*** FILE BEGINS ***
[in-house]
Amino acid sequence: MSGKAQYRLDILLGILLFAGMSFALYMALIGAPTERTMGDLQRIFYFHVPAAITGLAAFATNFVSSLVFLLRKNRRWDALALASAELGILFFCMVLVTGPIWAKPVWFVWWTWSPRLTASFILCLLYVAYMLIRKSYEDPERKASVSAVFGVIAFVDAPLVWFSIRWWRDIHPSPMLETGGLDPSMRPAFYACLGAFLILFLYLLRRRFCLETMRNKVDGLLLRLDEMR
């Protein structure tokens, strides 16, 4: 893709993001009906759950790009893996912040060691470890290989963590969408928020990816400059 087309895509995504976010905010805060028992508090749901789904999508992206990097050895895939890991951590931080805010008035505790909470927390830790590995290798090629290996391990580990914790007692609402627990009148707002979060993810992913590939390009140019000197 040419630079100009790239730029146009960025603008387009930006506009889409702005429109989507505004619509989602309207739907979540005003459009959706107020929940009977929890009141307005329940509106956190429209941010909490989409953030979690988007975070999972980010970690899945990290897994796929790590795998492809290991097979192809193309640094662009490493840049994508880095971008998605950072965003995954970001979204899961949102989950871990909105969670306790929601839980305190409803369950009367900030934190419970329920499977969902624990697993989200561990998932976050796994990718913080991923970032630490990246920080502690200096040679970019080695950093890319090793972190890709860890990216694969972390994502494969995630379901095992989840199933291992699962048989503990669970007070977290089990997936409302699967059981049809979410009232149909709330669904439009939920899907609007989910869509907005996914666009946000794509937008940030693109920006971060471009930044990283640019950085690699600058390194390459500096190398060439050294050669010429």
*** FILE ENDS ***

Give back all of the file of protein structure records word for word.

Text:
[in-house]
Amino acid sequence: MSGKAQYRLDILLGILLFAGMSFALYMALIGAPTERTMGDLQRIFYFHVPAAITGLAAFATNFVSSLVFLLRKNRRWDALALASAELGILFFCMVLVTGPIWAKPVWFVWWTWSPRLTASFILCLLYVAYMLIRKSYEDPERKASVSAVFGVIAFVDAPLVWFSIRWWRDIHPSPMLETGGLDPSMRPAFYACLGAFLILFLYLLRRRFCLETMRNKVDGLLLRLDEMR
């Protein structure tokens, strides 16, 4: 893709993001009906759950790009893996912040060691470890290989963590969408928020990816400059 087309895509995504976010905010805060028992508090749901789904999508992206990097050895895939890991951590931080805010008035505790909470927390830790590995290798090629290996391990580990914790007692609402627990009148707002979060993810992913590939390009140019000197 040419630079100009790239730029146009960025603008387009930006506009889409702005429109989507505004619509989602309207739907979540005003459009959706107020929940009977929890009141307005329940509106956190429209941010909490989409953030979690988007975070999972980010970690899945990290897994796929790590795998492809290991097979192809193309640094662009490493840049994508880095971008998605950072965003995954970001979204899961949102989950871990909105969670306790929601839980305190409803369950009367900030934190419970329920499977969902624990697993989200561990998932976050796994990718913080991923970032630490990246920080502690200096040679970019080695950093890319090793972190890709860890990216694969972390994502494969995630379901095992989840199933291992699962048989503990669970007070977290089990997936409302699967059981049809979410009232149909709330669904439009939920899907609007989910869509907005996914666009946000794509937008940030693109920006971060471009930044990283640019950085690699600058390194390459500096190398060439050294050669010429």